Speech Therapy for Toddlers: The Power of Repetition

Speech Therapy with Toddlers: The Power of Repetition

First session of the day and I’m pumped. My little guy sees me and a huge smile spreads across his face.

He immediately runs into the living room and retrieves the beach ball. He happily shouts, “baw, baw, baw” and throws it to me.

The Power of Repetition

The Power of Repetition

Photo Credit: ECho-Photo

Now I smile.

Mom sees the beach ball, rolls her eyes with a grin and says to Hank, “Why don’t we do a different activity? We’ve been doing this one for the past 2 sessions.“

My mentality is totally different though.

If he likes it, isn’t bored and is learning, let’s keep to it and further build on it.

Here are 2 reasons why I like to REPEAT play routines with my toddlers:

  1. They like it. Toddlers like repetition. Seeing the same thing happen each time is reassuring and quite fascinating. “Will X happen if I do Y?” Repetition helps them to realize they have some control in producing an expected result. As most of us know, toddlers like control.

  1. Practice, practice, practice. Repetition gives toddlers a chance to practice a new skill. Good, focused practice leads to acquisition and mastery. Think about the last time you learned a new skill. Maybe yoga? When learning anything new you have to carefully pay attention and focus. Your movements are not yet fluid. You have to consciously think about where you’re placing your hands, your feet, and your legs because the motor plan is not yet established. The more you practice though, the better you get. You don’t have to think so much about the mechanics of the movements. Rather, you work on improving your movements. It’s the same thing with toddlers! Their language improves when they have a chance to repeatedly practice.

Ben Glenn Quote Additude

Ben Glenn Quote Additude

When Hank and I first started with the beach ball play routine, Hank struggled to do anything really interactive with it. He could kick, throw, somewhat catch, and bounce it but his play was short-lived AND he didn’t say anything while he played. There was little to no language.

You may be thinking –

Please this is only a beach ball?

 How sophisticated is play with a beach ball?

There’s A LOT you can do with a beach ball. Please scroll to the end of this post for some ideas!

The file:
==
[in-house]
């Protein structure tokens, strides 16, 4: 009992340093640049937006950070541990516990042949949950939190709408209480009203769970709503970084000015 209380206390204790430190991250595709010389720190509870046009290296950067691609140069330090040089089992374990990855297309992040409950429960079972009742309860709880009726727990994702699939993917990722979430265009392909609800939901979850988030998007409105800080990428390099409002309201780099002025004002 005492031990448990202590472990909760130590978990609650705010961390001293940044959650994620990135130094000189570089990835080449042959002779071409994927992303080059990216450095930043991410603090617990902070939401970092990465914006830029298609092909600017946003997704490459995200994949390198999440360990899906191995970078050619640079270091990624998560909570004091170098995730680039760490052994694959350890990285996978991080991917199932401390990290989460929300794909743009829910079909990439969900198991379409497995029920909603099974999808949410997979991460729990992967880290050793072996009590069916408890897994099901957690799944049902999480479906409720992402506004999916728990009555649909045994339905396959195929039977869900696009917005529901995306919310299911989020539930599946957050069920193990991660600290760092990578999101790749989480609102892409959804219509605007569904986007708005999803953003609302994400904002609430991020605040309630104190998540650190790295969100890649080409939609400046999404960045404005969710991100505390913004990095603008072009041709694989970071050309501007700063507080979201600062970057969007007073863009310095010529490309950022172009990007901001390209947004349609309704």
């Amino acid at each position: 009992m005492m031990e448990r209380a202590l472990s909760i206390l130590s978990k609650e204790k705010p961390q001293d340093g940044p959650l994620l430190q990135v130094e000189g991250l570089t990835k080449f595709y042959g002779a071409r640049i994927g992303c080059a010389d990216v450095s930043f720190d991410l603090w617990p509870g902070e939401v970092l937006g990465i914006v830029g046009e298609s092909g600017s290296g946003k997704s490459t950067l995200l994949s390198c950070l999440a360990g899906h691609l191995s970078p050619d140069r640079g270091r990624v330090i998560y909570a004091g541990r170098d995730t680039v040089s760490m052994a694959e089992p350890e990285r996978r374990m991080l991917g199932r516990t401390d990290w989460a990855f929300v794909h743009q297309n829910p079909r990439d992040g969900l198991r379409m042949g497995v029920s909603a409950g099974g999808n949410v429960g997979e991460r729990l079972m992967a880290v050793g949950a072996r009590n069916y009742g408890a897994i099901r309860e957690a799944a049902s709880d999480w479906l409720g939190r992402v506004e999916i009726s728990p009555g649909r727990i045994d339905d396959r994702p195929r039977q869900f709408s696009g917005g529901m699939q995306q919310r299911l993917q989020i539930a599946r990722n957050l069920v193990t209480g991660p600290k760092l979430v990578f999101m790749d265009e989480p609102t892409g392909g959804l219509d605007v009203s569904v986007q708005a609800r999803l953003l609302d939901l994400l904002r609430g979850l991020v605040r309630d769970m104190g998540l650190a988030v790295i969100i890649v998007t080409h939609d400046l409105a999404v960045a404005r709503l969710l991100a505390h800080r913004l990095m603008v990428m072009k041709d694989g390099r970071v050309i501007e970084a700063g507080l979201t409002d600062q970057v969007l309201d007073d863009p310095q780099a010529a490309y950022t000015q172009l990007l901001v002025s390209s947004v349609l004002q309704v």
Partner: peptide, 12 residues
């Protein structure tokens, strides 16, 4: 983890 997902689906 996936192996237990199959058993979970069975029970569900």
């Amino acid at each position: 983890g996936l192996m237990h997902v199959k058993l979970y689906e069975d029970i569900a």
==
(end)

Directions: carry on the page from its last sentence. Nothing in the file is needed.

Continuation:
beach ball

beach ball

Photo Credit: phresh rice

How did I start the play routine?

I started by simply showing him the beach ball.

 Next, I gave the ball to him and let him do anything he wanted with it (throw, bounce, roll, catch, etc).

 Then, I quickly retrieved the ball and copied himbut did so in a playful manner while simultaneously emphasizing a word.

For instance, if Hank rolled the ball, I quickly retrieved it, and rolled it back to him while saying “roll” or “roll the ball”.

This seems simple, right?

That’s because it is.

This simple play routine continues until a variation or change up is needed.I vary it just BEFORE I sense the child is about to get bored.

So, if I rolled it to him, I may try to roll it under the table, roll it into a hole, roll it to mommy or daddy, or roll it between my legs.

The play routine really gets going, once the toddler realizes that each person takes a turn and has a chance to decide what to do with the ball!

For example, mom may roll the ball to the couch, I may roll the ball into the kitchen and Hank may roll the ball into his stuffed animals and say “Ooops!”

Don’t forget – the person who’s next has to quickly retrieve the ball. This makes it fun (you may burn some calories in the process too).

Lastly, remember to model, say, and REPEAT not only the play routine but the words you want your toddler to say!

Use all the language elicitation techniques outlined in My Toddler Talks for assistance or subscribe to my newsletter to receive my CHEAT SHEET.

What else can you do with a beach ball?

50 Things to do with a beach ball

50 Things to do with a beach ball

Click on the photo above for some more ideas.

Happy playing!

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